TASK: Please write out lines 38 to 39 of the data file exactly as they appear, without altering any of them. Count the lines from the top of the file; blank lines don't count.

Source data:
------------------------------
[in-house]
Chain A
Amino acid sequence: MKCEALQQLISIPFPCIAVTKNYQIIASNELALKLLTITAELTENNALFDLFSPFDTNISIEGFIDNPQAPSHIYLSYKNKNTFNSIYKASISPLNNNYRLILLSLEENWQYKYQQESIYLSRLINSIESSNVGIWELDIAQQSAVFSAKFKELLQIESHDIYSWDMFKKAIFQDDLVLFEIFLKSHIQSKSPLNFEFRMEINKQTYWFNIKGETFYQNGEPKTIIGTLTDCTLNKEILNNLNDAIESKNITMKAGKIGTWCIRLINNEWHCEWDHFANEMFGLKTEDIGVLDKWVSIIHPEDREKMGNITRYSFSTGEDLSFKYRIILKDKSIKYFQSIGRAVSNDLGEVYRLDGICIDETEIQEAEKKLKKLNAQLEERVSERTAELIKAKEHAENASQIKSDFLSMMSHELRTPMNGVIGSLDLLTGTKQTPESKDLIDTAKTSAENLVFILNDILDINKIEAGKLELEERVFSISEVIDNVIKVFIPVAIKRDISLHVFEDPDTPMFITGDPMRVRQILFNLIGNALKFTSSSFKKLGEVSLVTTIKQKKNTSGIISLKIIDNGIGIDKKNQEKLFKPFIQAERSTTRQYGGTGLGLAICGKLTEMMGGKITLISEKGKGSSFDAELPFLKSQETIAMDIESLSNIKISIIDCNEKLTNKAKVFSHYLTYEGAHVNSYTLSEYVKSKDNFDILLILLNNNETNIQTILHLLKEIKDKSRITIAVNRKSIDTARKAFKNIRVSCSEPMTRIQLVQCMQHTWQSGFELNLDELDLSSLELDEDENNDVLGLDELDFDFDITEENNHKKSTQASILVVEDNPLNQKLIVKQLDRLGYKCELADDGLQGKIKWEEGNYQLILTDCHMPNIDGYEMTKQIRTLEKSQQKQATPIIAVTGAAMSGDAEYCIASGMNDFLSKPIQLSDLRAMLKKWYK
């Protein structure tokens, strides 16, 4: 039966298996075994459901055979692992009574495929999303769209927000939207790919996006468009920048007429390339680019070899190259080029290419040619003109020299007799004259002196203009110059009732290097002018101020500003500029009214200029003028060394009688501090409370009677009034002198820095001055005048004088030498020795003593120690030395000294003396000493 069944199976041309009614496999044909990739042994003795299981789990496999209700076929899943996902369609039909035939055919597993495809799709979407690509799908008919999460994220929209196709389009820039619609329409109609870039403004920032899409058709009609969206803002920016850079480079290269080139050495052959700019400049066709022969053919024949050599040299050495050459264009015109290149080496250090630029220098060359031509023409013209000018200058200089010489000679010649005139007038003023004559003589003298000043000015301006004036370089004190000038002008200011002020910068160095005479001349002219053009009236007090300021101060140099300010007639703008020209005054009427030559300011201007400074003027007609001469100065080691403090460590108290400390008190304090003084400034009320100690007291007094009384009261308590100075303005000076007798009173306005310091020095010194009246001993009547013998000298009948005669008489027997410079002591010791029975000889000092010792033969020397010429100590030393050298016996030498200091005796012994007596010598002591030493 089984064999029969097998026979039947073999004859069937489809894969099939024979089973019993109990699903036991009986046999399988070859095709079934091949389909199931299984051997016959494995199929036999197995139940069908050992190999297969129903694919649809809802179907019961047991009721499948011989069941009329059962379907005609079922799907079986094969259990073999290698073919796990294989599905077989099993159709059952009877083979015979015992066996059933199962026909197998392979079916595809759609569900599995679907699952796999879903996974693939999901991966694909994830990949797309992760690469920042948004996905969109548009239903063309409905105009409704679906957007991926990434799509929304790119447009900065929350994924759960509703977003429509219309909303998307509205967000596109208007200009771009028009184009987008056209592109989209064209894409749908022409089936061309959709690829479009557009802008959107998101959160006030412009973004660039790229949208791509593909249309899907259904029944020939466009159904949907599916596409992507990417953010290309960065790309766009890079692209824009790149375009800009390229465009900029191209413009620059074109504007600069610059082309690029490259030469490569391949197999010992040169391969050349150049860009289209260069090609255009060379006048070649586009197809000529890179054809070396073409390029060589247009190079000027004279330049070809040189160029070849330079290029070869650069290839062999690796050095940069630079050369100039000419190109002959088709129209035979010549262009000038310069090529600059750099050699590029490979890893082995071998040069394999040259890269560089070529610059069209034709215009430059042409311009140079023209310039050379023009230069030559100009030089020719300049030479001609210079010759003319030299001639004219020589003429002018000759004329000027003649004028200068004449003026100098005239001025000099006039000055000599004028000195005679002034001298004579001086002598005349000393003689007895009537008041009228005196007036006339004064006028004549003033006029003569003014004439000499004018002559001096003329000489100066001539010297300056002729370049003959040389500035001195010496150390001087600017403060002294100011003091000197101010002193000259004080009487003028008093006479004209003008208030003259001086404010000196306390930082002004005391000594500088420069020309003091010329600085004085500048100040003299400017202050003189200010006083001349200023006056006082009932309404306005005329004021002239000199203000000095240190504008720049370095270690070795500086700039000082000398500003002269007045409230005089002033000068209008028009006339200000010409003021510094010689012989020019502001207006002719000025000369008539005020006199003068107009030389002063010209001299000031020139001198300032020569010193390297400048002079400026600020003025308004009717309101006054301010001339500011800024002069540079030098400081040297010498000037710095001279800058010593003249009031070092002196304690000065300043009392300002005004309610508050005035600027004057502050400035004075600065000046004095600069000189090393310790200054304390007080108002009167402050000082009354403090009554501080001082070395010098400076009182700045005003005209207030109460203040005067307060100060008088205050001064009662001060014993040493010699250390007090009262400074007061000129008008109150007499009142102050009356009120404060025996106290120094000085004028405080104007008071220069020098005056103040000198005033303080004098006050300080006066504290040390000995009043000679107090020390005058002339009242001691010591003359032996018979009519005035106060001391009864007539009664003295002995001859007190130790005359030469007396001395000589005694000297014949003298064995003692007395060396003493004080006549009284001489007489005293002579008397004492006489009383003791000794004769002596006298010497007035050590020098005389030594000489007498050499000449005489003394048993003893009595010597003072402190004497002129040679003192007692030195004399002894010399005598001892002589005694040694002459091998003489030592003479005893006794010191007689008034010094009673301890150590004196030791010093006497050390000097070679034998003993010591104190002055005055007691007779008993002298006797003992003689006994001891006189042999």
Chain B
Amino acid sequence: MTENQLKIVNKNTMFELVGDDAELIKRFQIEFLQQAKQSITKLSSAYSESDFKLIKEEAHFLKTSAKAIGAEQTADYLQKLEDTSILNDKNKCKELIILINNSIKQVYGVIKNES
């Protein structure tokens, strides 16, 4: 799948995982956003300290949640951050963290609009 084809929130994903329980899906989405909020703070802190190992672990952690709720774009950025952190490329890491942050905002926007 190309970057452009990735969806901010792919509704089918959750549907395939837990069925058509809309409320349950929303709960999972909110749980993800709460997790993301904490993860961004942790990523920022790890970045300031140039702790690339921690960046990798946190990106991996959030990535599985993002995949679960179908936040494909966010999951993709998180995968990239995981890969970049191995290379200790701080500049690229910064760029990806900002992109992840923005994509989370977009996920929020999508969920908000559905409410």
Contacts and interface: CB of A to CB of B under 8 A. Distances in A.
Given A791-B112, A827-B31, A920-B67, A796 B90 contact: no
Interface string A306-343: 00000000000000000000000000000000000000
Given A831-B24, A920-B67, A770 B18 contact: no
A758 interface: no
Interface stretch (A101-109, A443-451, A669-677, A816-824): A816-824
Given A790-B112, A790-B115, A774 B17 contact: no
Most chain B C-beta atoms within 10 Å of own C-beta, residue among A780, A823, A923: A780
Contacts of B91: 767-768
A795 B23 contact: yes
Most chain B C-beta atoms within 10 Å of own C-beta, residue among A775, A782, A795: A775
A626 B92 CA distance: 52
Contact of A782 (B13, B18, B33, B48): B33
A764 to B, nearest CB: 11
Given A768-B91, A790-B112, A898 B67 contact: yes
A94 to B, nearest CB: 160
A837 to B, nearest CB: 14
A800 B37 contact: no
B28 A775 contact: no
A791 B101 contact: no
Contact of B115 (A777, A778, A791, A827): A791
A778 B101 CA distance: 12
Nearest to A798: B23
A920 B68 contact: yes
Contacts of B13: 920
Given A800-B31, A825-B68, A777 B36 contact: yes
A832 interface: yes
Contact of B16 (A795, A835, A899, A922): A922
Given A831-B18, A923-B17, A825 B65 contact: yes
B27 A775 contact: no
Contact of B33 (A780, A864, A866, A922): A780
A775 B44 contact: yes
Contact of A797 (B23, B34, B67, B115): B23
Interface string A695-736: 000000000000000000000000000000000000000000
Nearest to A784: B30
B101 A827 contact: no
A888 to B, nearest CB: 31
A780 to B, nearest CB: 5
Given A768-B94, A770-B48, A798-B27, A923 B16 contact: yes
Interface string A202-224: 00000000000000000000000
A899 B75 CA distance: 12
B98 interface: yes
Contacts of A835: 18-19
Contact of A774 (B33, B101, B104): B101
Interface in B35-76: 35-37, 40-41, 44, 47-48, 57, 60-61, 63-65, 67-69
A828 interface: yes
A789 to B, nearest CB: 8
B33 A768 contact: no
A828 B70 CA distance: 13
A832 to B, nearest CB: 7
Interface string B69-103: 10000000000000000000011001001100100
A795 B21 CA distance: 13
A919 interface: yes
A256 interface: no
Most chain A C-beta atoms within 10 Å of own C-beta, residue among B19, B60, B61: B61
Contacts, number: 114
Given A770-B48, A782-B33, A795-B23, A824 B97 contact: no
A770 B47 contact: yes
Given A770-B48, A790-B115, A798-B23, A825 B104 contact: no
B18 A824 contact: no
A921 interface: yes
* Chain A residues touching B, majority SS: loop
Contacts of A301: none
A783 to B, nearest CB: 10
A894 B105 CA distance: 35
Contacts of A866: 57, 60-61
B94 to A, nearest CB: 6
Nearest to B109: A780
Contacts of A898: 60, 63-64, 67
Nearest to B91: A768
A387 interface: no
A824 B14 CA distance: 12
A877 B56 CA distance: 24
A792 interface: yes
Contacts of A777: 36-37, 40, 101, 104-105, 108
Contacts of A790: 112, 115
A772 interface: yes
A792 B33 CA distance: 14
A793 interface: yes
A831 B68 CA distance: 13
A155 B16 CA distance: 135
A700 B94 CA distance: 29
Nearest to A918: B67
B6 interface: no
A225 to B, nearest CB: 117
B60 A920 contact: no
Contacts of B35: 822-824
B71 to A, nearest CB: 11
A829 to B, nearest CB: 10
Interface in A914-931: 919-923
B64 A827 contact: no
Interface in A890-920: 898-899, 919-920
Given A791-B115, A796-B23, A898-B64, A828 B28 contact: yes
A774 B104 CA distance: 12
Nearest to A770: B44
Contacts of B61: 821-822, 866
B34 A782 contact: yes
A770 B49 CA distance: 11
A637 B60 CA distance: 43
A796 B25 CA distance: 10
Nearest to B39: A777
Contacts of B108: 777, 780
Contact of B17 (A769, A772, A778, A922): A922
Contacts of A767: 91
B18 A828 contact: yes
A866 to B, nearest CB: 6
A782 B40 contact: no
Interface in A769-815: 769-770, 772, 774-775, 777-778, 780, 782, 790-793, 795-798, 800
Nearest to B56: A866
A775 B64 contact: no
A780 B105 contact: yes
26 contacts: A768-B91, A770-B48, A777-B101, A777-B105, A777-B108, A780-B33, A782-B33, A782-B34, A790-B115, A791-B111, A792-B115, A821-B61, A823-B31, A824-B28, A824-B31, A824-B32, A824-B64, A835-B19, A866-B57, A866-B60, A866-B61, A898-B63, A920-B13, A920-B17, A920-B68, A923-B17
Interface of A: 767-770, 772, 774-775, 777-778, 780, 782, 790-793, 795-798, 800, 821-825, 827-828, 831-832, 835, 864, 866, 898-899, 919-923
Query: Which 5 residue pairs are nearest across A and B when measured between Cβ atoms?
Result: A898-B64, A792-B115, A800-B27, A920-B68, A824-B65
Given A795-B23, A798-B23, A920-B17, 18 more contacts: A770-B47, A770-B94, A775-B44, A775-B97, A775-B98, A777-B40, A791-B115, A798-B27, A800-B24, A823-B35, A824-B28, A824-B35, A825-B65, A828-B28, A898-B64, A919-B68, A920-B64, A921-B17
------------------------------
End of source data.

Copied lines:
Contact of B33 (A780, A864, A866, A922): A780
A775 B44 contact: yes